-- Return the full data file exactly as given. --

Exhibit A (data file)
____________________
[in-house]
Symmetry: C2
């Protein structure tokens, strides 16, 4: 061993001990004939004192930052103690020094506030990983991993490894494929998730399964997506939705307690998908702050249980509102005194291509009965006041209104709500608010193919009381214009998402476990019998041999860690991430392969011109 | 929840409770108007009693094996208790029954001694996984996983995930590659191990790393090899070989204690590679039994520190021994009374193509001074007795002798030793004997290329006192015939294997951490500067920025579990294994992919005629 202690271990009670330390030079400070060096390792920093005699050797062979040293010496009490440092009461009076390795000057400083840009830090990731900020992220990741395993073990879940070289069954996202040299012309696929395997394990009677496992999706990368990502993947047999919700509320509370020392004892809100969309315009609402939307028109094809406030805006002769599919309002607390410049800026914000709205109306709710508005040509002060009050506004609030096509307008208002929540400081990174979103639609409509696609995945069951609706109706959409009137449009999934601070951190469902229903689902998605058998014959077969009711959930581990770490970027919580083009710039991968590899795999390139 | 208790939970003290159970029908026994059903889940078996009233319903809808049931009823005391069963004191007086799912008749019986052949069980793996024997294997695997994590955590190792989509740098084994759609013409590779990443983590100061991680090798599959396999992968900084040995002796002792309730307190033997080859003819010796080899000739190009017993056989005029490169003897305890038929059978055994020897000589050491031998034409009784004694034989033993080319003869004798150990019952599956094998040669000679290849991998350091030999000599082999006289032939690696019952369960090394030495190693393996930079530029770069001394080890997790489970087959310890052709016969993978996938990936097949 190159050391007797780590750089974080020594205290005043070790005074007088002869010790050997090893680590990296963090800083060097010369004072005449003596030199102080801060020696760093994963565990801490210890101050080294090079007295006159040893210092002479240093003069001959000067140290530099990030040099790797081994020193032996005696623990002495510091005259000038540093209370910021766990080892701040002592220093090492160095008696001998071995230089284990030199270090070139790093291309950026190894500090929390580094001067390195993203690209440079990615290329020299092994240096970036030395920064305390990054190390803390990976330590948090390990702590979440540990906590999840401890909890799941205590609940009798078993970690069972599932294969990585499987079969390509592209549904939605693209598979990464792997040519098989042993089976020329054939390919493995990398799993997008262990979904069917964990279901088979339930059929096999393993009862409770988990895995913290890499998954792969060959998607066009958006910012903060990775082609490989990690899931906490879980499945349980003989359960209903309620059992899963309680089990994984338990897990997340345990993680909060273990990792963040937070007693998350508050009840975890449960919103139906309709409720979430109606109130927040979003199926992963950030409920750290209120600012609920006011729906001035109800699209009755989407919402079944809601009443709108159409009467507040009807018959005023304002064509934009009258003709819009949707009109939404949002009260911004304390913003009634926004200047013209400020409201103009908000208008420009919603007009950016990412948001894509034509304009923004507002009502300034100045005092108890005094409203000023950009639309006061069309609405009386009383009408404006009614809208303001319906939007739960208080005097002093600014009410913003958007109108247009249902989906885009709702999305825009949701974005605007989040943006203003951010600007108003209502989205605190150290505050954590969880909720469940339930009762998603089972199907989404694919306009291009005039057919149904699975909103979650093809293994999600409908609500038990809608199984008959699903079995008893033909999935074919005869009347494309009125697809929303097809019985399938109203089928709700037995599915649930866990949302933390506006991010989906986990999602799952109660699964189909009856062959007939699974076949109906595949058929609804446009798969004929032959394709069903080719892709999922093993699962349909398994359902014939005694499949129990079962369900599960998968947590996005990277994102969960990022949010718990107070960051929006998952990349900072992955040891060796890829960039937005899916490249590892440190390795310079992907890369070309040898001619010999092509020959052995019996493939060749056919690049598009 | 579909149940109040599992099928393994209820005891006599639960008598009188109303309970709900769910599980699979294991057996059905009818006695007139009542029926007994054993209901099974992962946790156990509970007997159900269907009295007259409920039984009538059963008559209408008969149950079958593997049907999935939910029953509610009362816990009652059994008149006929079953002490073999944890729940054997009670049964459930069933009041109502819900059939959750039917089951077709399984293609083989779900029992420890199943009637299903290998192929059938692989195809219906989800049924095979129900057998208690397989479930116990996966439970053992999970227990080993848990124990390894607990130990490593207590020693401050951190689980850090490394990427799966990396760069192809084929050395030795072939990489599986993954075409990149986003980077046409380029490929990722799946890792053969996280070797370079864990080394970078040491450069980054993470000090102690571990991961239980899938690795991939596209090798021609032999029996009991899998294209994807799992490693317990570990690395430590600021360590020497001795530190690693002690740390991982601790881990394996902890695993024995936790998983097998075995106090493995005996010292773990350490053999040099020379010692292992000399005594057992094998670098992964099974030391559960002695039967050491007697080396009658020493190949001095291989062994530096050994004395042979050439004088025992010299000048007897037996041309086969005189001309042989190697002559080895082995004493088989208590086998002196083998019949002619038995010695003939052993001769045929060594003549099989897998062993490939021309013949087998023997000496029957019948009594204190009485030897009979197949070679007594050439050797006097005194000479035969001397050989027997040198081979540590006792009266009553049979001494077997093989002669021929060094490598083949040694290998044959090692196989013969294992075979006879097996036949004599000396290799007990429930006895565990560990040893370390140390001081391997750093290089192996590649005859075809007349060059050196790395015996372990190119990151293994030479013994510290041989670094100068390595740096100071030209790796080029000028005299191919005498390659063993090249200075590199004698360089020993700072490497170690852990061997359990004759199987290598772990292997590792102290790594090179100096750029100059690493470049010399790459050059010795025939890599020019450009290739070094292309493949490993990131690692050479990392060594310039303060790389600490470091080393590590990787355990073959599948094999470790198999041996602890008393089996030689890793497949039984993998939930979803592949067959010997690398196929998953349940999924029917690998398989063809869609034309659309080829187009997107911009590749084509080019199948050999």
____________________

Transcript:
[in-house]
Symmetry: C2
């Protein structure tokens, strides 16, 4: 061993001990004939004192930052103690020094506030990983991993490894494929998730399964997506939705307690998908702050249980509102005194291509009965006041209104709500608010193919009381214009998402476990019998041999860690991430392969011109 | 929840409770108007009693094996208790029954001694996984996983995930590659191990790393090899070989204690590679039994520190021994009374193509001074007795002798030793004997290329006192015939294997951490500067920025579990294994992919005629 202690271990009670330390030079400070060096390792920093005699050797062979040293010496009490440092009461009076390795000057400083840009830090990731900020992220990741395993073990879940070289069954996202040299012309696929395997394990009677496992999706990368990502993947047999919700509320509370020392004892809100969309315009609402939307028109094809406030805006002769599919309002607390410049800026914000709205109306709710508005040509002060009050506004609030096509307008208002929540400081990174979103639609409509696609995945069951609706109706959409009137449009999934601070951190469902229903689902998605058998014959077969009711959930581990770490970027919580083009710039991968590899795999390139 | 208790939970003290159970029908026994059903889940078996009233319903809808049931009823005391069963004191007086799912008749019986052949069980793996024997294997695997994590955590190792989509740098084994759609013409590779990443983590100061991680090798599959396999992968900084040995002796002792309730307190033997080859003819010796080899000739190009017993056989005029490169003897305890038929059978055994020897000589050491031998034409009784004694034989033993080319003869004798150990019952599956094998040669000679290849991998350091030999000599082999006289032939690696019952369960090394030495190693393996930079530029770069001394080890997790489970087959310890052709016969993978996938990936097949 190159050391007797780590750089974080020594205290005043070790005074007088002869010790050997090893680590990296963090800083060097010369004072005449003596030199102080801060020696760093994963565990801490210890101050080294090079007295006159040893210092002479240093003069001959000067140290530099990030040099790797081994020193032996005696623990002495510091005259000038540093209370910021766990080892701040002592220093090492160095008696001998071995230089284990030199270090070139790093291309950026190894500090929390580094001067390195993203690209440079990615290329020299092994240096970036030395920064305390990054190390803390990976330590948090390990702590979440540990906590999840401890909890799941205590609940009798078993970690069972599932294969990585499987079969390509592209549904939605693209598979990464792997040519098989042993089976020329054939390919493995990398799993997008262990979904069917964990279901088979339930059929096999393993009862409770988990895995913290890499998954792969060959998607066009958006910012903060990775082609490989990690899931906490879980499945349980003989359960209903309620059992899963309680089990994984338990897990997340345990993680909060273990990792963040937070007693998350508050009840975890449960919103139906309709409720979430109606109130927040979003199926992963950030409920750290209120600012609920006011729906001035109800699209009755989407919402079944809601009443709108159409009467507040009807018959005023304002064509934009009258003709819009949707009109939404949002009260911004304390913003009634926004200047013209400020409201103009908000208008420009919603007009950016990412948001894509034509304009923004507002009502300034100045005092108890005094409203000023950009639309006061069309609405009386009383009408404006009614809208303001319906939007739960208080005097002093600014009410913003958007109108247009249902989906885009709702999305825009949701974005605007989040943006203003951010600007108003209502989205605190150290505050954590969880909720469940339930009762998603089972199907989404694919306009291009005039057919149904699975909103979650093809293994999600409908609500038990809608199984008959699903079995008893033909999935074919005869009347494309009125697809929303097809019985399938109203089928709700037995599915649930866990949302933390506006991010989906986990999602799952109660699964189909009856062959007939699974076949109906595949058929609804446009798969004929032959394709069903080719892709999922093993699962349909398994359902014939005694499949129990079962369900599960998968947590996005990277994102969960990022949010718990107070960051929006998952990349900072992955040891060796890829960039937005899916490249590892440190390795310079992907890369070309040898001619010999092509020959052995019996493939060749056919690049598009 | 579909149940109040599992099928393994209820005891006599639960008598009188109303309970709900769910599980699979294991057996059905009818006695007139009542029926007994054993209901099974992962946790156990509970007997159900269907009295007259409920039984009538059963008559209408008969149950079958593997049907999935939910029953509610009362816990009652059994008149006929079953002490073999944890729940054997009670049964459930069933009041109502819900059939959750039917089951077709399984293609083989779900029992420890199943009637299903290998192929059938692989195809219906989800049924095979129900057998208690397989479930116990996966439970053992999970227990080993848990124990390894607990130990490593207590020693401050951190689980850090490394990427799966990396760069192809084929050395030795072939990489599986993954075409990149986003980077046409380029490929990722799946890792053969996280070797370079864990080394970078040491450069980054993470000090102690571990991961239980899938690795991939596209090798021609032999029996009991899998294209994807799992490693317990570990690395430590600021360590020497001795530190690693002690740390991982601790881990394996902890695993024995936790998983097998075995106090493995005996010292773990350490053999040099020379010692292992000399005594057992094998670098992964099974030391559960002695039967050491007697080396009658020493190949001095291989062994530096050994004395042979050439004088025992010299000048007897037996041309086969005189001309042989190697002559080895082995004493088989208590086998002196083998019949002619038995010695003939052993001769045929060594003549099989897998062993490939021309013949087998023997000496029957019948009594204190009485030897009979197949070679007594050439050797006097005194000479035969001397050989027997040198081979540590006792009266009553049979001494077997093989002669021929060094490598083949040694290998044959090692196989013969294992075979006879097996036949004599000396290799007990429930006895565990560990040893370390140390001081391997750093290089192996590649005859075809007349060059050196790395015996372990190119990151293994030479013994510290041989670094100068390595740096100071030209790796080029000028005299191919005498390659063993090249200075590199004698360089020993700072490497170690852990061997359990004759199987290598772990292997590792102290790594090179100096750029100059690493470049010399790459050059010795025939890599020019450009290739070094292309493949490993990131690692050479990392060594310039303060790389600490470091080393590590990787355990073959599948094999470790198999041996602890008393089996030689890793497949039984993998939930979803592949067959010997690398196929998953349940999924029917690998398989063809869609034309659309080829187009997107911009590749084509080019199948050999």